A great alternative to a pink gin, Ceder's Pink Rose (available from Sainsbury's) smells just like an actual G&T when mixed with tonic and doesn't taste dissimilar to one either – just a tad weaker and minus the buzz of alcohol.
A citrussy alcohol-free 'gin', perfect when teamed with tonic and a slice of fruit. Pentire use plants found along the Cornwall coastline for this product, including rock samphire, sage and Cornish sea salt – plus a few 'secret ingredients'.
The best alcohol-free Prosecco
The packaging is discrete, so you won't have to worry about sticking out like a sore thumb at a party (not that you should care anyway... but I know I personally want my sobriety to blend into the background). Tastes fresh and bubbly – and the rosé variety is decent too. Goes down far too easily.
The best alcohol-free Aperol Spritz
Lyre's Italian Spritz
The holy grail. Bet you never thought you'd see the day, right? Mix a splash of this with some non-alcoholic Prosecco and it's a) deliciously moreish and b) just like its boozy counterpart (only a tad sweeter and minus The Fear the next morning). Go, go, go!
The best alcohol-free beers
Lucky Saint (0.5%)
A dead ringer for real deal, this very low alcohol beer is a multi award-winning choice. I've never been much of a beer drinker but this was so great that my boyfriend even chose Lucky Saint over a regular lager on a couple of occasions. A solid ten.
Brooklyn Special Effects Low Alcohol (0.4%)
Hoppy, zesty and refreshing. Apparently named Special Effects as it's so akin to a typical amber lager that the drinker will have to double-check the label.
Beavertown Brewery Lazer Crush (0.3%)
A fruity IPA that tastes almost as good as a "real" beer. Beavertown were one of the few beer brands I drank before switching to the sober life, so I was excited to try this one – and it didn't disappoint. Stock up!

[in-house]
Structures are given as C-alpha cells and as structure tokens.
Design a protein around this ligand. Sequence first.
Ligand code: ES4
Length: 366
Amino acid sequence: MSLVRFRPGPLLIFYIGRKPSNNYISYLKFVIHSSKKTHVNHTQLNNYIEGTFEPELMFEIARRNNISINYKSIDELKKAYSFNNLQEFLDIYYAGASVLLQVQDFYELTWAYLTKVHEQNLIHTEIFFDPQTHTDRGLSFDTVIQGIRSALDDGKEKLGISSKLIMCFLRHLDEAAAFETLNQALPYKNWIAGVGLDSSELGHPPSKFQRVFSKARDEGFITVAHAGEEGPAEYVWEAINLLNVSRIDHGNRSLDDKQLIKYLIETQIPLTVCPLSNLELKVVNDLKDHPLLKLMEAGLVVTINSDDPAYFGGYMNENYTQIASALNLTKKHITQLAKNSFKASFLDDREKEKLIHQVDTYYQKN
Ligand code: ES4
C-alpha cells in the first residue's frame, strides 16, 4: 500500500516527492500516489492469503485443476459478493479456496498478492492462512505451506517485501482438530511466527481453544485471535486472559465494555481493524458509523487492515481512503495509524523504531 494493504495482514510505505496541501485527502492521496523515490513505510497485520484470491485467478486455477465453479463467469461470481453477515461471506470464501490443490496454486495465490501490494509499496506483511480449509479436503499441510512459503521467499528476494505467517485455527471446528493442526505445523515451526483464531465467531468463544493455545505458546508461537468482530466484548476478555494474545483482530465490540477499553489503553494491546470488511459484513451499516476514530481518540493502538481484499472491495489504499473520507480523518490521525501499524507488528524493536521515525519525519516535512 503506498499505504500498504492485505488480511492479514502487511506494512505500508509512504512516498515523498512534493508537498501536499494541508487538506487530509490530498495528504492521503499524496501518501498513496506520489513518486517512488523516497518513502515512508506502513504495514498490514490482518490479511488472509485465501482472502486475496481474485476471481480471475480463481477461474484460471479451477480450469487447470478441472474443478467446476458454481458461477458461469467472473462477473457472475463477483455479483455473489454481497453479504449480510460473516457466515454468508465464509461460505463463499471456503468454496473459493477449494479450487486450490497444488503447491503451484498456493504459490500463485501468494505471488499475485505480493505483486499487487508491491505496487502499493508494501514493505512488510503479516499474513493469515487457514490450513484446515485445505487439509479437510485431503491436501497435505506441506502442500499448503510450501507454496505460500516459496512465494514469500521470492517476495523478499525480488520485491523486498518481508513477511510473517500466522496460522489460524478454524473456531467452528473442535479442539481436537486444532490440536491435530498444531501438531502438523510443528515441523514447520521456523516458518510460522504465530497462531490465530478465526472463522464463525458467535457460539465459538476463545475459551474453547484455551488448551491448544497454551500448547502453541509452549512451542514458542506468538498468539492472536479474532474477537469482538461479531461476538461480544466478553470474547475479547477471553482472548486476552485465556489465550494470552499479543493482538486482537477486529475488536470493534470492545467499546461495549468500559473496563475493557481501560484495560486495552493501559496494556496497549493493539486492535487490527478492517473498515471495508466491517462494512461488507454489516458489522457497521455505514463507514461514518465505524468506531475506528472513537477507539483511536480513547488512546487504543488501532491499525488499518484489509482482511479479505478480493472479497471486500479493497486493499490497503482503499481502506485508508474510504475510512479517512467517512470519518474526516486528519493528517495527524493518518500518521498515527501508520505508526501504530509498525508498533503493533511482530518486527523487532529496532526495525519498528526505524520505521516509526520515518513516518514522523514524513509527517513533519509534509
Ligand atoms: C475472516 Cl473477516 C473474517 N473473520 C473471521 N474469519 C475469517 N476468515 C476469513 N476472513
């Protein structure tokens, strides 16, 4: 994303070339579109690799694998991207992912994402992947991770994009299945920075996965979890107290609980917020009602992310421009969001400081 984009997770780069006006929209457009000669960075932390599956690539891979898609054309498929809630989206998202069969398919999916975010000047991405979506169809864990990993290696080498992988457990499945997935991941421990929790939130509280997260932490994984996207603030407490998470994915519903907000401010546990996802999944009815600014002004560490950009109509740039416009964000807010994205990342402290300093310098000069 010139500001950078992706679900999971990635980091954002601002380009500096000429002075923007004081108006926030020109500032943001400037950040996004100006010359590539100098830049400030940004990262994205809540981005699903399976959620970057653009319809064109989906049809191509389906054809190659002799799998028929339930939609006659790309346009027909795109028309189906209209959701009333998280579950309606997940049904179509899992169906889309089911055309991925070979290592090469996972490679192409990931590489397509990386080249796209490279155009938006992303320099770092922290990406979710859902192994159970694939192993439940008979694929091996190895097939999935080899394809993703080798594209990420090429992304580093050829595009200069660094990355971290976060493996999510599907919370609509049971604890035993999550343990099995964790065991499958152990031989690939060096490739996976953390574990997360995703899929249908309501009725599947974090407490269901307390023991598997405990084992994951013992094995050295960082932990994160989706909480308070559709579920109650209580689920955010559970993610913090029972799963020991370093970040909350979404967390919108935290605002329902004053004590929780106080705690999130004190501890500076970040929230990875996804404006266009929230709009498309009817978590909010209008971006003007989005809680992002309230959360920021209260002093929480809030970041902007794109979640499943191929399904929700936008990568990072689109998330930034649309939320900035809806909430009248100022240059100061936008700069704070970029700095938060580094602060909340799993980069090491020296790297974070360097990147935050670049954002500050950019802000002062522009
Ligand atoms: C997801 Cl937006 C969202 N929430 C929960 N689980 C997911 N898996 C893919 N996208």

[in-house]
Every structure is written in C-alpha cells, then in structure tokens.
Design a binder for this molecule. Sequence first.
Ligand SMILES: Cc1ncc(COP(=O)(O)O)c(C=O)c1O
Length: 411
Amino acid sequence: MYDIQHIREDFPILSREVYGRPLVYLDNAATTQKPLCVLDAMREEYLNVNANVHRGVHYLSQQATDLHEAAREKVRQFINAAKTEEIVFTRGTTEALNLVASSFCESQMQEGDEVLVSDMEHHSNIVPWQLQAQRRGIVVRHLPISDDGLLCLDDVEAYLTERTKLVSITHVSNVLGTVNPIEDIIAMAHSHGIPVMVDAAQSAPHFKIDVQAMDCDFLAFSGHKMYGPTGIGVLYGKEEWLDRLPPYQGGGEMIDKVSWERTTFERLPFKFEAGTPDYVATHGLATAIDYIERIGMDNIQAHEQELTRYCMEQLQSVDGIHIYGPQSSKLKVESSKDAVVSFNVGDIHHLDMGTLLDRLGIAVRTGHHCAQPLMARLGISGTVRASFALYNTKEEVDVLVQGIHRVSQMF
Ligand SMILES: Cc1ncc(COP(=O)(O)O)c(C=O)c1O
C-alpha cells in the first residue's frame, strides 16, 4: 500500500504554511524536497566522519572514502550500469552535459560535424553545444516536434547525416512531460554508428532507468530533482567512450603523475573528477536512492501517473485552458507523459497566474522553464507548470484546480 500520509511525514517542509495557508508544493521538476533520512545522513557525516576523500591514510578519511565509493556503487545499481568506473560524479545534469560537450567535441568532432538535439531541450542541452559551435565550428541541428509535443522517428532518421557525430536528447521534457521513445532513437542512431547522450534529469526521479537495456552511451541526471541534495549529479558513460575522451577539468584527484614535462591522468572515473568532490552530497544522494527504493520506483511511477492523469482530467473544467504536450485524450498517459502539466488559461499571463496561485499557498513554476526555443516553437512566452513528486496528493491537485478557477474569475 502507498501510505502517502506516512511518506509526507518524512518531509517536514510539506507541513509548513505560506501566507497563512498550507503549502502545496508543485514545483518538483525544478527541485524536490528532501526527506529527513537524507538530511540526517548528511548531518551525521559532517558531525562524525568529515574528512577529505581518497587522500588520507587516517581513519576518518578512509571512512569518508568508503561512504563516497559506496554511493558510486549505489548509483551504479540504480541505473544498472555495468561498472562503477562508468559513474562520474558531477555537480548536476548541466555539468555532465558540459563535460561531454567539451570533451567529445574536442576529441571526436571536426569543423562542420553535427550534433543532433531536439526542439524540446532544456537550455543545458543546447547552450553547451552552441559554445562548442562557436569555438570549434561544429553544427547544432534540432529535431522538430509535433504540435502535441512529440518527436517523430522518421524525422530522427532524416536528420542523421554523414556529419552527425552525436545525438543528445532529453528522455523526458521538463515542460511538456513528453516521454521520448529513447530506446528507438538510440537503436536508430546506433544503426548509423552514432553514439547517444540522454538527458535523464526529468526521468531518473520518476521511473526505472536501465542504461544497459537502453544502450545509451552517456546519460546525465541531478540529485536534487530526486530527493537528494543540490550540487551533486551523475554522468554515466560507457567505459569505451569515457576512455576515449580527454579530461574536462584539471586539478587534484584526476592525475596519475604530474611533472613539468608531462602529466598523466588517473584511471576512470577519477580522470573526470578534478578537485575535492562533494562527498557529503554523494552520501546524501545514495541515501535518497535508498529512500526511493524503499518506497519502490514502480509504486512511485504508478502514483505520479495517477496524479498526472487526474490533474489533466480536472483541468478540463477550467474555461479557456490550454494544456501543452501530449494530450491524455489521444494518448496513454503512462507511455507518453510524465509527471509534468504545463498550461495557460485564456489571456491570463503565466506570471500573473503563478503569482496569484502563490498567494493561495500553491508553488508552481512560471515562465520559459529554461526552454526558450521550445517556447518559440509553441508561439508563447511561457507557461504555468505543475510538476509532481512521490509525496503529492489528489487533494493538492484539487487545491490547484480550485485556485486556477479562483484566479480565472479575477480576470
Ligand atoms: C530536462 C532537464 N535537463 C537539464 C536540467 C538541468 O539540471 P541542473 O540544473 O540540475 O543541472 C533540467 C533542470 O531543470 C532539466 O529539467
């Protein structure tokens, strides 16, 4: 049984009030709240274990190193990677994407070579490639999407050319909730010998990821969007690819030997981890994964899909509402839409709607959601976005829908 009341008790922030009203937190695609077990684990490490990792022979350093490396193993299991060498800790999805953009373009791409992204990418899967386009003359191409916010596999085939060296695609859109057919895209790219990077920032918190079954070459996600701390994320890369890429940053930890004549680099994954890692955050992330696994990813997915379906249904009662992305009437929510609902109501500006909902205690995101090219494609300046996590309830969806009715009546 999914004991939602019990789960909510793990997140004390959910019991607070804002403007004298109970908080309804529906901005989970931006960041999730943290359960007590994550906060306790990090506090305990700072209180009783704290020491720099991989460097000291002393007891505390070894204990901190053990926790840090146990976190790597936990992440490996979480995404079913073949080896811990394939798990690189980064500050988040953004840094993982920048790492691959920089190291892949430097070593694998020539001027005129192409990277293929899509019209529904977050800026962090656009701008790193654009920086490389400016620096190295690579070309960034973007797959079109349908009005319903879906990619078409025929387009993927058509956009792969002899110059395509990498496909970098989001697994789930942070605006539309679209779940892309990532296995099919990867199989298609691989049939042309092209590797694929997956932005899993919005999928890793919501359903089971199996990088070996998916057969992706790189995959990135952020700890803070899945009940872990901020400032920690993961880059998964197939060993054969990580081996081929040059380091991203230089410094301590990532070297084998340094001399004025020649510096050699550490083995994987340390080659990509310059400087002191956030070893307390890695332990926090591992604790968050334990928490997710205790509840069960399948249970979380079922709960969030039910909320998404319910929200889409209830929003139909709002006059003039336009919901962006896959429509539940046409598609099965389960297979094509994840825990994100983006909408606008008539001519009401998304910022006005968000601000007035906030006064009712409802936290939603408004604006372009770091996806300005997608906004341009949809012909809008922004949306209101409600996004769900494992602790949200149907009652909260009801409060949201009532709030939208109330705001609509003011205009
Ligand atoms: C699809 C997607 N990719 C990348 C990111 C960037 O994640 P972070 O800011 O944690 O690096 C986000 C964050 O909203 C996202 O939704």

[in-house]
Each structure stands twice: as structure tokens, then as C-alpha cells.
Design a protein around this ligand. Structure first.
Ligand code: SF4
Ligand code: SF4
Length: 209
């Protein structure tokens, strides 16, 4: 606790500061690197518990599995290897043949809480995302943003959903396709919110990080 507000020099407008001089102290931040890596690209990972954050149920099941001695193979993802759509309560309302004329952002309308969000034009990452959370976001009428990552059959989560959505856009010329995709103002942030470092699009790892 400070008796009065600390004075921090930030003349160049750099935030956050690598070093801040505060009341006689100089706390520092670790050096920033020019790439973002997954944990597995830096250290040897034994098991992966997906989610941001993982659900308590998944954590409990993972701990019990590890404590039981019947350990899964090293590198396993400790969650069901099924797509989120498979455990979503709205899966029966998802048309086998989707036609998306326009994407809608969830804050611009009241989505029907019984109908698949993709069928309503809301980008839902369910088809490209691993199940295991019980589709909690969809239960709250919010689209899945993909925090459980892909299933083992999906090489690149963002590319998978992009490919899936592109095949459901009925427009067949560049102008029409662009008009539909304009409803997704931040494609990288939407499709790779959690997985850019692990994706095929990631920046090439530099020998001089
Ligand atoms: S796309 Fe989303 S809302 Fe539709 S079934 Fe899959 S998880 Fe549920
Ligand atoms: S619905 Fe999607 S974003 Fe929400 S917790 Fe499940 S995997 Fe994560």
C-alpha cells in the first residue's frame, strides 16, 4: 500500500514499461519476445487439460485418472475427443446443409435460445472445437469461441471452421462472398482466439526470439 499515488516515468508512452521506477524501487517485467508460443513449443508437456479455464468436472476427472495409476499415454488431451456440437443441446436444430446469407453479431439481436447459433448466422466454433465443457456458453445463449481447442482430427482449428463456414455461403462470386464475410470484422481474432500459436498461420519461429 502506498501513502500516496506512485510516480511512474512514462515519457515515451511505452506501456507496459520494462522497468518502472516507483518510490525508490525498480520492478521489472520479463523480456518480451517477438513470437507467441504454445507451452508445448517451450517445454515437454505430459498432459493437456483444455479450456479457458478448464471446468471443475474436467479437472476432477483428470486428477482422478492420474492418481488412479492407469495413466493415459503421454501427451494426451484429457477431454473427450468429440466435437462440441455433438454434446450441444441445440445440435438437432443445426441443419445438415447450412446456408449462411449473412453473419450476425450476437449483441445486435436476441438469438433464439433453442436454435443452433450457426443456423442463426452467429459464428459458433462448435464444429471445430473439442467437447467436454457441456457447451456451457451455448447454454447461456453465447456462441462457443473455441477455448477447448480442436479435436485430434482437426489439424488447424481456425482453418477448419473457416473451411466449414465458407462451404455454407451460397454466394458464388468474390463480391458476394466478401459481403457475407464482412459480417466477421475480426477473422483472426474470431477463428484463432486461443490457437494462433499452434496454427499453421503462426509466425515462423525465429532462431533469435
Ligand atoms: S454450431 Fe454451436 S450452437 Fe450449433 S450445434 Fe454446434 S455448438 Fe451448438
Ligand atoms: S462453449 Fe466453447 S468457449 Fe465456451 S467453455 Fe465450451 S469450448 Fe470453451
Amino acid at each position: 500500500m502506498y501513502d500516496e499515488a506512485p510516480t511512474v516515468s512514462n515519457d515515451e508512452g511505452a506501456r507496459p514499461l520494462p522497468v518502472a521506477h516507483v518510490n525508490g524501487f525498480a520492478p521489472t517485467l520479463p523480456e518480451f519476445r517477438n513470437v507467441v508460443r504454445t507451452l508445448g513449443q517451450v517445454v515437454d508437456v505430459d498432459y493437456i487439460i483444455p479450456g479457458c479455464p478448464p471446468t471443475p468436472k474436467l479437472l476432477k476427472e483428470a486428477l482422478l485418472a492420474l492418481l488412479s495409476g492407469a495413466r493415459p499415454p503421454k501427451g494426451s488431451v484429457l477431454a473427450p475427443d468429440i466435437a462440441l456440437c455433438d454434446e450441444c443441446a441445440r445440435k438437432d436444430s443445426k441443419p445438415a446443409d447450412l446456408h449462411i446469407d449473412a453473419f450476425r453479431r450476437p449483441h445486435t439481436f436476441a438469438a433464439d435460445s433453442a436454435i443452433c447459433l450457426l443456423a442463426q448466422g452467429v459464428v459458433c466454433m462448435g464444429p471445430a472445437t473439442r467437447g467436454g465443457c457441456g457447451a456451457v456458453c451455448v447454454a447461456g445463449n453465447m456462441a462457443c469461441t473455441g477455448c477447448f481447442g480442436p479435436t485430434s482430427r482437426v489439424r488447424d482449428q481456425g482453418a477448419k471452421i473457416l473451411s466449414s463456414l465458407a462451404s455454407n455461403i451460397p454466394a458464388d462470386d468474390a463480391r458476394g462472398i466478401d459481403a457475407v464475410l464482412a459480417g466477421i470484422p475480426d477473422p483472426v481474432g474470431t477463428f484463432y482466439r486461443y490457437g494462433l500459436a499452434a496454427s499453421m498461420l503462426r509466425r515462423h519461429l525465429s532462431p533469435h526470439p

The best alcohol-free ciders
Stowford Press (0.5%)
Like a lot of alcohol-free options, Stowford's offering is a little on the sweet side (despite containing no artificial sweeteners), but it's still a solid alternative for anybody wanting to keep a clear head.
Kopparberg Alcohol Free Pear Cider (0%)
Reminiscent of it's alcoholic sibling, this will beat any fruity cider cravings you may have in an instant. An excellent choice for picnicking and socially distanced park meet-ups, this one gets a big tick from me.
The best alcohol-free cocktails
Every bit as good as their alcoholic versions, Punchy soft offerings are my favourite when it comes to a good old fashioned tinny (I enjoyed many of them during a summer camping trip when everyone else was on the beers). Plus, the packaging is so ace.
With such a spot-on array of fun flavours, it's hard to choose a favourite... but if I had to, it'd probably be the Ginger Dram, which is reminiscent of a Moscow Mule cocktail. I'll take five, please.
This is a non-alcoholic drinks brand to keep a close eye on - delicious, grown-up-feeling drinks in fancy packaging. Two thumbs up!
The best non-specific alcohol-free spirits
Three Sprit Drinks
The USP of this brand is that their spirits aren't only meant to fill the gap that quitting alcohol leaves, but to bring back some of the more welcome sensations too. The Livener drink is perfect for the start of the night (it contains energising guayusa, guava leaf and schisandra), whereas Nightcap includes ingredients that are deliberately designed to relax (plus it smells just like hot cross buns).
This bittersweet spirit isn't really comparable to any traditional liquors – to me, it tastes of cloudy lemonade with an 'adult' edge, or boiled sweets mixed with something-punchy-I-can't-quite-work-out. Extremely quaffable.
This Scottish-made spirit is possibly most akin to a whisky, because it's designed to be drunk on the rocks and feels ultra grown-up, smells a bit medicinal (in a good way) and feels a bit Mad Men-ish. One to pour after a long day of work, or when you're stressed and feel like brooding, minus the hangover.
Maria & Craig's
While Maria & Craig’s distilled botanical spirit doesn't contain any alcohol, it does have CBD in it - and promises an aromatic nose of juniper and fresh sage with hints of orange blossom. Perfect for when you need a little something at the end of a stressful day.
Like this article? Sign up to our newsletter to get more articles like this delivered straight to your inbox.
You Might Also Like